Bishop looks forward to holy gathering

June 06, 2019
By Alan Wild
The Kentucky Annual Conference will for the first time use electronic devices to record votes when clergy and lay delegates gather June 10-12 at the Northern Kentucky Convention Center in Covington.

Bishop Leonard Fairley said he is excited about Annual Conference for many reasons, including the introduction of electronic ballots. He has used them in the past at General Conference and Jurisdictional Conference and during his time serving in North Carolina, but this will be new for Kentucky.

One of the primary tasks of the gathering will be to elect delegates to the 2020 General Conference, set for next May in Minneapolis. Fairley said about 40 clergy and laity have filed paperwork to be considered delegates.

“I am looking forward to it and have been praying for each delegate who has sent in a profile,” the bishop said in an interview. There’s lots of interest in General Conference 2020, and “it’s exciting how the Holy Spirit is leading us.”

He’s also energized by the Annual Conference worship theme this year – “See the Possibilities: Holy Imagination.” It will be a three-day journey through the Lenten season, from the opening worship service (Ash Wednesday) to the closing service (Easter).

It’s an exciting time for fellowship, as well. Aside from the worship services and business sessions, the bishop enjoys spending three days hearing about glory sightings and seeing friends chatting and greeting each other in the hallway.

Fairley is also looking forward to preaching in the Opening Worship service. His sermon topic is “The Mark of Holiness” and will key on the Ash Wednesday theme. He said that even though we are dust and are marked by sin, God is with us through that season of darkness – and he stressed that it will be a message of hope.

“Even while we walk through this wilderness, we carry the mark of holiness and reconciliation,” the bishop said. He added that creation was formed out of darkness and chaos. “That’s not an easy place to walk, but we have to walk it.”

Rev. Julie Hager Love, the Annual Conference Secretary, said the balloting for General and Jurisdictional Conferences will be the main orders of business. She said ample time will be given to train delegates on how to use the electronic devices, and actual voting won’t begin until Tuesday, the second day of the gathering. The electronic devices will only be used during the General and Jurisdictional voting, Love said.

The ordination of new clergy is always a big celebration, along with celebrating retirees and remembering clergy and spouses who have died in the past year, Love said. Bishop Paul Leeland of the Western North Carolina Conference will preach at Monday evening’s Service of Ordination and Commissioning.

Also, having Rev. Dr. Tod Bolsinger – an administrator and faculty member at Fuller Theological Seminary and author of “Canoeing the Mountains: Christian Leadership in Uncharted Territory” doing teaching sessions – will be insightful.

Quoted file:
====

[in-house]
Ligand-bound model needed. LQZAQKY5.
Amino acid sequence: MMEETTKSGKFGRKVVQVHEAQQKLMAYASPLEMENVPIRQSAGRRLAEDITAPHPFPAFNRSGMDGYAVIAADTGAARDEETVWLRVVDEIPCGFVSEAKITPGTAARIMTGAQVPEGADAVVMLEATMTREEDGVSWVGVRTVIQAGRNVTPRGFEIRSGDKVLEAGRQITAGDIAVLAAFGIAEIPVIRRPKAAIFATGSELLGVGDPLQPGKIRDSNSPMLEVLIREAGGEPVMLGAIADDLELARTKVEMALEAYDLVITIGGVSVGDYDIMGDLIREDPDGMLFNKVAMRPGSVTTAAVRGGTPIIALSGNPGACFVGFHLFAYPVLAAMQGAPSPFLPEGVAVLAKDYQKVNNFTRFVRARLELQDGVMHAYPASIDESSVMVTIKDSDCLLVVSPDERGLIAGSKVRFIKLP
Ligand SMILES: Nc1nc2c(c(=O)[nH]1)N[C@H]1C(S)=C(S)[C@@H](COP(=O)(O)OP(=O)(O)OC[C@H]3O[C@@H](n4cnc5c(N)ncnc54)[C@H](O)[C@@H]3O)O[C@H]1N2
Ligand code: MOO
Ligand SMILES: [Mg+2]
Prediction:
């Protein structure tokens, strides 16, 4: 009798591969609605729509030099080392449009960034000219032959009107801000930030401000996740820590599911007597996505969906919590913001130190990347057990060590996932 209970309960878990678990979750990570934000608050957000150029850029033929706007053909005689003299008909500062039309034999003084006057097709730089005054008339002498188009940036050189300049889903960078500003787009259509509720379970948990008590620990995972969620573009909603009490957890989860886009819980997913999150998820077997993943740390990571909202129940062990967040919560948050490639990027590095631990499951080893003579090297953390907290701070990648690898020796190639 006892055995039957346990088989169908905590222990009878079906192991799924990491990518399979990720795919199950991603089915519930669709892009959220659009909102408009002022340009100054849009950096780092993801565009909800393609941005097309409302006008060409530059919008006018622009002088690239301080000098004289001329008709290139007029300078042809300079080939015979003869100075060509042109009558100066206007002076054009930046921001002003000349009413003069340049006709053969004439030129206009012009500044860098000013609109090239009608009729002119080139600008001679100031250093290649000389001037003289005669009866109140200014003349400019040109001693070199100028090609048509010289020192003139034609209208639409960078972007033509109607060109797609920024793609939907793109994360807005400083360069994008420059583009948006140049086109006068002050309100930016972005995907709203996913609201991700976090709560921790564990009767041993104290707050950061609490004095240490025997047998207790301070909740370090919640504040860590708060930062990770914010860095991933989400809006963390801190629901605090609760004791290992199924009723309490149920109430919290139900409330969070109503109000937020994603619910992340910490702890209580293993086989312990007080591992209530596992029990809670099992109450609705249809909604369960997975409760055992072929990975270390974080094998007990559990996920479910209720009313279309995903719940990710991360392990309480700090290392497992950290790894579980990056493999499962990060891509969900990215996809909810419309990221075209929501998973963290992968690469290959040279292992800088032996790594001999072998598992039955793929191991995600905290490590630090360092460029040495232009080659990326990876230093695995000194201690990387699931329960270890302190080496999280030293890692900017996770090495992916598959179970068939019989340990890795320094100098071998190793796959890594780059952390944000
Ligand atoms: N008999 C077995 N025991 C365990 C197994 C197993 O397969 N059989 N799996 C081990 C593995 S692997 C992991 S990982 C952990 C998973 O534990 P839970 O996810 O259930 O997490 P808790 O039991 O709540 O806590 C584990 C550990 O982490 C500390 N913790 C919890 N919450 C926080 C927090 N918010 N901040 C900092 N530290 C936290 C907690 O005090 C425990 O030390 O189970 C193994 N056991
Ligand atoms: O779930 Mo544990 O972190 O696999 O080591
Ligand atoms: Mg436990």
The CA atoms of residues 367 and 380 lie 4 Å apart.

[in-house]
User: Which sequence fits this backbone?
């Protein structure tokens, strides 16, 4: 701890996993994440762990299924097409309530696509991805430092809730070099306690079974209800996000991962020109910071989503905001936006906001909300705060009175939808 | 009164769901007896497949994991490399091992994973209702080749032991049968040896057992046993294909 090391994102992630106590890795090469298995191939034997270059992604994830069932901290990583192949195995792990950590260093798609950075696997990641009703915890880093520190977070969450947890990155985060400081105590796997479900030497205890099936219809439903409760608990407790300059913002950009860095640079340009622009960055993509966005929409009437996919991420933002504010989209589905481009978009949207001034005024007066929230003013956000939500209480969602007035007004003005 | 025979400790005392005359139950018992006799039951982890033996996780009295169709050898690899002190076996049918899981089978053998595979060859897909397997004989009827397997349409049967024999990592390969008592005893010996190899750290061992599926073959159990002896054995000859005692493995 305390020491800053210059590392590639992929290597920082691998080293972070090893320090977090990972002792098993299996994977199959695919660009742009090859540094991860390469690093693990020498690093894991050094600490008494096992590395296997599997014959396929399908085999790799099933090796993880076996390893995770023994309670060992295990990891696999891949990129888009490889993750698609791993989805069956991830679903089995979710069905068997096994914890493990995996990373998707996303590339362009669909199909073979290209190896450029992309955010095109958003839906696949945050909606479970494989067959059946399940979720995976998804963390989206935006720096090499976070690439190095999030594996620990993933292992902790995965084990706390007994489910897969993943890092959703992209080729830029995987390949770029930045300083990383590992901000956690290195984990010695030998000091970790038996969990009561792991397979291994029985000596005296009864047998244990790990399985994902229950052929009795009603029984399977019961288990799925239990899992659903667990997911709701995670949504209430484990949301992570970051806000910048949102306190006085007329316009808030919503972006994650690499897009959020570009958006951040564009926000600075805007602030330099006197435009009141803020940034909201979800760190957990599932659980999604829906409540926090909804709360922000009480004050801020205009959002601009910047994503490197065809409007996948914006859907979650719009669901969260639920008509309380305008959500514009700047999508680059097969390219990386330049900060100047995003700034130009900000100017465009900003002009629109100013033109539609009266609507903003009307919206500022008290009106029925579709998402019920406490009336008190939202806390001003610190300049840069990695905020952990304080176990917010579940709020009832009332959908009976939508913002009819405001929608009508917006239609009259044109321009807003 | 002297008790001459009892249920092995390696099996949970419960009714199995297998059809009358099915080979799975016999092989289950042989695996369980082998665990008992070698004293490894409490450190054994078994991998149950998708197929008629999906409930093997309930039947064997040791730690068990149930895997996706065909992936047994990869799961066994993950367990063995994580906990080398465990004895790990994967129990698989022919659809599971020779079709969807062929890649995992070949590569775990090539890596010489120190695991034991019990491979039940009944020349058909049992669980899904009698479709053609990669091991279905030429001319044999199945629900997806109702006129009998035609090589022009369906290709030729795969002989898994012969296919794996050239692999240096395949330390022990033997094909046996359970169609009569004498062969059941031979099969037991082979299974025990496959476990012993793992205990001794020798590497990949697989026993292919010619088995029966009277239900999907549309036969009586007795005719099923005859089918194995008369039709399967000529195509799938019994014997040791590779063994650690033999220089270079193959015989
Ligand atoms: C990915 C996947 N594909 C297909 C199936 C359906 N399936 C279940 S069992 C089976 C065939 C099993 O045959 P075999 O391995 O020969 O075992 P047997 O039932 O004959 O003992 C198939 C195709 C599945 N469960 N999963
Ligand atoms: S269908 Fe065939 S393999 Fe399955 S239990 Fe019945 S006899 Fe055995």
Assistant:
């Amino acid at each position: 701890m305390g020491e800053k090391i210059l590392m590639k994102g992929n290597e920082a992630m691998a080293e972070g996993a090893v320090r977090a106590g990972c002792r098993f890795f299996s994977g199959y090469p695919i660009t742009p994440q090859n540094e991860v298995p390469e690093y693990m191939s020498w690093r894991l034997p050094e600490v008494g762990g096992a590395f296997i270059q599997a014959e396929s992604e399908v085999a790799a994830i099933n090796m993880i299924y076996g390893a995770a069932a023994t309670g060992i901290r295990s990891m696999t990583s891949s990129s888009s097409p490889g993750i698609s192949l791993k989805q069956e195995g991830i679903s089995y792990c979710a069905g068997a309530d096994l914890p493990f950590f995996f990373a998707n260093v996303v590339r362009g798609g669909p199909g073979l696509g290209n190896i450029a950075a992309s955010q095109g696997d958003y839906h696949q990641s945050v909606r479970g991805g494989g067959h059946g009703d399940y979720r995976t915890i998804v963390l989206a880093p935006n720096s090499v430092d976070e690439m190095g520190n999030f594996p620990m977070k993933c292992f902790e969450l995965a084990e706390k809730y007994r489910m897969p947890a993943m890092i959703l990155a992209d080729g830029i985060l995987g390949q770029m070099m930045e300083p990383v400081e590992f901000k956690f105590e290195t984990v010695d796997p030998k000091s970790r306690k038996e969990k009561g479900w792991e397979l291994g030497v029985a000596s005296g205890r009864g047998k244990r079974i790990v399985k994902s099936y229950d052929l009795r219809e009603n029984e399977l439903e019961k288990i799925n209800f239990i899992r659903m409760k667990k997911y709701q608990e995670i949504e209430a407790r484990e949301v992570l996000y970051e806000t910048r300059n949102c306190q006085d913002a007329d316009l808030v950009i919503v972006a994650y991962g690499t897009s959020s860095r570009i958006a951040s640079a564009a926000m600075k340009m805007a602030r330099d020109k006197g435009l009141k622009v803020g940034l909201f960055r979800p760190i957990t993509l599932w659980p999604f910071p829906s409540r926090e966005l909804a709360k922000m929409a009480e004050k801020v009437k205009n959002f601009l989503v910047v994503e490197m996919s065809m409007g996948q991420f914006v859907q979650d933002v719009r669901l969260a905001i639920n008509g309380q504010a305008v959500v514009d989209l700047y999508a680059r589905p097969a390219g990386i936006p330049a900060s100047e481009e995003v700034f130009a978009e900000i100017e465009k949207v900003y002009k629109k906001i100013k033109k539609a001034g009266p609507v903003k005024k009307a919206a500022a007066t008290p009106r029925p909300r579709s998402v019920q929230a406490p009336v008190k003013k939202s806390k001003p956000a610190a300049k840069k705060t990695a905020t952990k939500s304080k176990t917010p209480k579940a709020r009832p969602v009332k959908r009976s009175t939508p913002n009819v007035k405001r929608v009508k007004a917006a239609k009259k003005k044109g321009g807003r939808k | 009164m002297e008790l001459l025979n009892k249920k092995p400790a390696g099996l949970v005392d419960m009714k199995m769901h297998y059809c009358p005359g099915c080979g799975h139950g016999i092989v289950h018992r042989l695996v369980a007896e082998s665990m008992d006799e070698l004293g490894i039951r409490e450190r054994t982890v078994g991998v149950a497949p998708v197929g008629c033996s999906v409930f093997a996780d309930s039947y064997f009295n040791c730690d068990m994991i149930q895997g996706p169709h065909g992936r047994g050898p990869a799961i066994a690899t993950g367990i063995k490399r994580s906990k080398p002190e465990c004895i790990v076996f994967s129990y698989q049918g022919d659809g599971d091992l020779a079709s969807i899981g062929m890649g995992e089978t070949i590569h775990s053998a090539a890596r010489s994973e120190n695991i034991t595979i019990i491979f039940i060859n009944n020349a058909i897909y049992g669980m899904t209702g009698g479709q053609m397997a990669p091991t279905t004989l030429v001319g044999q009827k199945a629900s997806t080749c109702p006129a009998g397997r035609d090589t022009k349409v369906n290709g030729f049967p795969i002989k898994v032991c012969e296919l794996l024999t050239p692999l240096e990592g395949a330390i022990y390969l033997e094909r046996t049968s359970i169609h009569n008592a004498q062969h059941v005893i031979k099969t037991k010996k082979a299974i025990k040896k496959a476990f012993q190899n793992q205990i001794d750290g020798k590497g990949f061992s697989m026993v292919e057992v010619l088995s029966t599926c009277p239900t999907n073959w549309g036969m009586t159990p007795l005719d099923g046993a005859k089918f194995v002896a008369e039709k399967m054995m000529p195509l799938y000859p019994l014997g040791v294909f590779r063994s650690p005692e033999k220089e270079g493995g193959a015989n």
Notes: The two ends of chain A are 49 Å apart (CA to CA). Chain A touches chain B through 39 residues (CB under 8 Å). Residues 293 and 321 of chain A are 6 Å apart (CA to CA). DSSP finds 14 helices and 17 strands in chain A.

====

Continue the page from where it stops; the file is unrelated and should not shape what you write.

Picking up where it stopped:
Fairley said the timing is appropriate to have Bolsinger appear in a teaching role since the canoe paddles the church is currently using aren’t working so well.

It was an indirect reference to The United Methodist Church’s continuing and often-bitter debate over church policy toward LGBTQ persons. A special General Conference in February 2019 affirmed traditional church policy but left many unsatisfied, and further debate is all but assured to dominate the 2020 General Conference.

Is there angst in Kentucky this year over the continuing debate? Love said there is always anxiety around Annual Conference, but it seems to be somewhat heightened this year. She said she hopes people will continue to figure out the best way to have hard conversations.

“I would hope that we can model healthy and Christ-like relationships as we converse with each other and in the plenary sessions,” she said. “We could be a positive witness to the world.”

This will also be an Annual Conference of a different sort of “first” and “last.”

This will be the first gathering that Dawn Sparks Fairley attends as the bishop’s wife. Last year, he briefly spoke on the final day of Annual Conference about their blooming relationship and introduced her to the gathering. They married in September.

“She has been a tremendous anchor for me,” Bishop Fairley said of his wife, who also handles many of the logistics in planning Annual Conference.

And it will be the 15th and last gathering that Love oversees as Conference Secretary, a job that requires pretty much year-round planning and marathon days during Annual Conference and the weeks leading up to it. On July 1 she will become president and CEO of the United Methodist Children’s Homes in Nicholasville and Owensboro. Love is also leaving her role as director of Connectional Ministries.

Assuming delegates approve, Love will be replaced as Conference Secretary by Rev. Tami Coleman, the current Associate Director of Connectional Ministries. She will be leaving that position to become pastor of Hanson UMC in the Pennyrile District, in addition to her new role with Annual Conference.

The upcoming move is “bittersweet,” Love said. “I’ll miss the people, but I’m looking forward to sitting on the back row at Annual Conference next year and being able to have dinner with my friends.”